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Armenian Legends and Poems [1916] at

p. 86

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UNUTTERABLE silence here is spread
On every hand, and Nature might be dead.
A lonely exile, here I sit and weep,
And far above, bright Moon, I see thee sweep.

From Earth's creation till the skies shall parch
And she dissolve, thou circlest Heaven's high arch:
Saw’st thou the laurels on Armenia's brow?
And dost behold her hopeless sorrows now?

Mournful as I! I wonder dost thou see
How she is ground by heels of tyranny!
And do thine eyes with bitter tear-drops smart
When barbèd arrows pierce her through the heart

Thy heart is stone, thy pity stark and cold,
For fields of innocent blood thou dost behold
Without a word, and o’er Armenia's land
Thy nightly compass of the dome hast spanned
With all the brightness that was thine of old.

     .        .        .        .        .        .

O Lake, make answer! Why be silent more?
Wilt not lament with one whose heart is sore?
And you, ye Zephyrs, hurl the waters high
That I may feed them from a mourner's eye!

p. 87

A garden once, luxuriantly fair,
Now is Armenia choked with thorn and tare:
Thou who hast seen her fortunes wax and wane,
Tell me, I pray thee! Must she thus remain?

Must this unhappy nation ever be
By foreign princes held in slavery?
Is the Armenian and his stricken race
Counted unworthy in God's judgment-place?

Comes there a day, comes there a season that
Shall hail a flag on topmost Ararat,
Calling Armenians, wheresoe’er they roam,
To seek once more their loved and beauteous home?

Hard tho’ it be, O heavenly Ruler, raise
Armenia's spirit, and her heart's dark ways
Light with Thy knowledge: understanding so
The mystery of life, her works shall show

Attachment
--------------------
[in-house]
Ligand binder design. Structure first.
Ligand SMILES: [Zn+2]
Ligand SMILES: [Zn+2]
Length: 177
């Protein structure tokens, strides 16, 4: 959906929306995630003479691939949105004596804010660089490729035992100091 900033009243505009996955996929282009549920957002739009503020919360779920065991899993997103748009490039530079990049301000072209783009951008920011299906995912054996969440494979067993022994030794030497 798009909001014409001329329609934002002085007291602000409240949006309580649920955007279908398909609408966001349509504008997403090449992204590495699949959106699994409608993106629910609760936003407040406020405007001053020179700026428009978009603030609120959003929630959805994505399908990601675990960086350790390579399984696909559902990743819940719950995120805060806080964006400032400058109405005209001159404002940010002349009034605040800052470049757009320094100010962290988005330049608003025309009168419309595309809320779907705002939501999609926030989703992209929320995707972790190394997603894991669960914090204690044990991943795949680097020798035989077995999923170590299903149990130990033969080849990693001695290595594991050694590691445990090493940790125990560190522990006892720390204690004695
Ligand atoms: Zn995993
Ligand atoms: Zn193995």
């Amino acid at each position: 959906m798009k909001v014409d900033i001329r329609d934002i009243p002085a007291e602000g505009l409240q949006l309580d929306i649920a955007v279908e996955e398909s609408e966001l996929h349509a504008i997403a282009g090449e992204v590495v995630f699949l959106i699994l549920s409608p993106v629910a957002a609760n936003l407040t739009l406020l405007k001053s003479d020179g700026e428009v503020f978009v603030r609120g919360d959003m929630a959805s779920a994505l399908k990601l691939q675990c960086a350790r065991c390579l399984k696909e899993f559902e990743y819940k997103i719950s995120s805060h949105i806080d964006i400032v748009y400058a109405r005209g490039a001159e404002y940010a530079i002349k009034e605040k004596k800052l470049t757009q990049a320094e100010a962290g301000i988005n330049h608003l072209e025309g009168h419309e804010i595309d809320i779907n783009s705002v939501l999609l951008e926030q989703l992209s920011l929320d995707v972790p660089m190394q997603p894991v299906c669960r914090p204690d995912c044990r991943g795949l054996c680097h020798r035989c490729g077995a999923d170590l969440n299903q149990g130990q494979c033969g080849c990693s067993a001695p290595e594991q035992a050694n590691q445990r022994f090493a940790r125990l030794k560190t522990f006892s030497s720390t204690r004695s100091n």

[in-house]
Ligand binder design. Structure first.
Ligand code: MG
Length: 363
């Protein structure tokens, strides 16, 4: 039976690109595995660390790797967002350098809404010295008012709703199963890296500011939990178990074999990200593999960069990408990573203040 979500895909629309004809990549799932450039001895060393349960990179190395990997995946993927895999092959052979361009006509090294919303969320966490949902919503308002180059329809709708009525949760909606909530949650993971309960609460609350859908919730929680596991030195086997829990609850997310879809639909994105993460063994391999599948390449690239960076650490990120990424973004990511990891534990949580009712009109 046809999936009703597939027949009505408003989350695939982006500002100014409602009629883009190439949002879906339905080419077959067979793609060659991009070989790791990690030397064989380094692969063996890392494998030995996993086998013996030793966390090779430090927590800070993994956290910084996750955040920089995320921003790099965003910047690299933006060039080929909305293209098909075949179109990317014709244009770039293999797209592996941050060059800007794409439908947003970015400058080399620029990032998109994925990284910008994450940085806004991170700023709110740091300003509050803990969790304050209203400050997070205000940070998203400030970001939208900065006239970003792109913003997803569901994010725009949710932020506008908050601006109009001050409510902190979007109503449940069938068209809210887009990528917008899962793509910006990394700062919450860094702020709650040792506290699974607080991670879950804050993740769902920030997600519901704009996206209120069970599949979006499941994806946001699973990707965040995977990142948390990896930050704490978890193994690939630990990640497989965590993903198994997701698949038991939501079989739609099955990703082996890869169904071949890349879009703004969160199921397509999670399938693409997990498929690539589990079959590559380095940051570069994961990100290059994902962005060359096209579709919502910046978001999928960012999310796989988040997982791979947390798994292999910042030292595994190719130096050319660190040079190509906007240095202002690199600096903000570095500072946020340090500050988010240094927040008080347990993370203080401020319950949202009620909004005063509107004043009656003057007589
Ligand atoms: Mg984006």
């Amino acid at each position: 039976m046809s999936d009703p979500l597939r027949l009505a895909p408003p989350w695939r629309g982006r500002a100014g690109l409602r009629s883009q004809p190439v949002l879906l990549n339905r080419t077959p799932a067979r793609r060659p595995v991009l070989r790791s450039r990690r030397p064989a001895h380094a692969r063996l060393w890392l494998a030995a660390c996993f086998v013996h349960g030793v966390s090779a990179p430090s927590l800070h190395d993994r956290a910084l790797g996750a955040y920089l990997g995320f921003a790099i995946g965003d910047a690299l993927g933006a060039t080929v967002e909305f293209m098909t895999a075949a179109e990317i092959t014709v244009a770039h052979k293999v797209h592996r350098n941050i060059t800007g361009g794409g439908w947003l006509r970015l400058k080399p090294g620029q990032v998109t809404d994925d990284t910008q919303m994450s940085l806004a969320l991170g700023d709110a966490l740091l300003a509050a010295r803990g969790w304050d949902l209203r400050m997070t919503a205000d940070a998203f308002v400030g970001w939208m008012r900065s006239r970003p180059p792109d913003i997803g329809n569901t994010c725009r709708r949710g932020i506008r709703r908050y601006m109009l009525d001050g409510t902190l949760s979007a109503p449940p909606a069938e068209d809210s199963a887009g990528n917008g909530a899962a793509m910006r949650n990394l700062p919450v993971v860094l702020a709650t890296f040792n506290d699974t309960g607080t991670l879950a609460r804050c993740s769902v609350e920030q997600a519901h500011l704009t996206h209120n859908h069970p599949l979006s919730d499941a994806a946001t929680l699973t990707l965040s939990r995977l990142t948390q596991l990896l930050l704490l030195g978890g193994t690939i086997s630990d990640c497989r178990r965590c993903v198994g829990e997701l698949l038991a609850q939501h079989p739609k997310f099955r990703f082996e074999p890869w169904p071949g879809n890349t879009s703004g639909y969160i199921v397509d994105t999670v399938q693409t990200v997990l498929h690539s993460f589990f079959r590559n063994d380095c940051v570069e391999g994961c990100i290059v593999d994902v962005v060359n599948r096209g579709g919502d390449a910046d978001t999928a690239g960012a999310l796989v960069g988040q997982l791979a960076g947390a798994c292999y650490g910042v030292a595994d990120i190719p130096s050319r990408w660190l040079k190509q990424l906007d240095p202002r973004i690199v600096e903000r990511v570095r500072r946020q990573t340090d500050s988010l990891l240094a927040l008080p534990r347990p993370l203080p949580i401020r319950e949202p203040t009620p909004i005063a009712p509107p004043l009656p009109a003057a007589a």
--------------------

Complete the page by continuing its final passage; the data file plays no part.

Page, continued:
That all she does is ordered to Thy praise.

     .        .        .        .        .        .

Then suddenly the surface of the lake
Grew luminous, and from its depths did break
A lovely maid that bore a lantern and
A lyre of shining ivory in her hand.
Was she an Angel in a strange disguise?
Was she a Houri fled from Paradise?
Nay, rather was she of the form and hue
Of the Armenian Muses!
                           "Tell me true,
O Muse," I cried, "our people's destiny!
Speak of the Now and of the Yet-to-be!"

p. 88

Then the sweet heavenly Spirit made reply,
"Wipe, O sad youth, the salt tears from thine eye!
I bring glad tidings: better days shall break,
New days of joy, that carry in their wake
The reign of God, Whose will is free and just:
A Golden Age again shall gild the dust!

"Armenia's Muses shall awake anew,
And her Parnassus bloom with vernal hue,
And the bright car Apollo whirls on high
Shall sweep the shadows from her clouded sky.

"For many a day, like thee, we mourned aloud
While the thick darkness wrapped her in its shroud:
Now, O belovèd, may the weeping cease,--
To us has come the olive branch of peace!

"Cleanse from thy lute the rust that soils its string;
Hasten thee back, and, as thou goest, sing
Such joyful lays as yet may re-inspire
Hearts that are dead with new and tameless fire.
His Will is done; the Time is here; the Day
Dawns; and the Morning Star, so God doth say,
Shall be thy sign."
                      Then darkness fell again;
The vision fled; but long there did remain
An echo of the thrilling voice, that blended
With the wild waves whose depths she had descended;
And flowery perfumes filled the air like rain.

O message dear, and sweet prophetic strain!
What happiness is come to us, but Oh!
Beautiful Muse, yet one thing would we know--
Can a dead corpse rise up and live again?

                                      Translated by G. M. Green.


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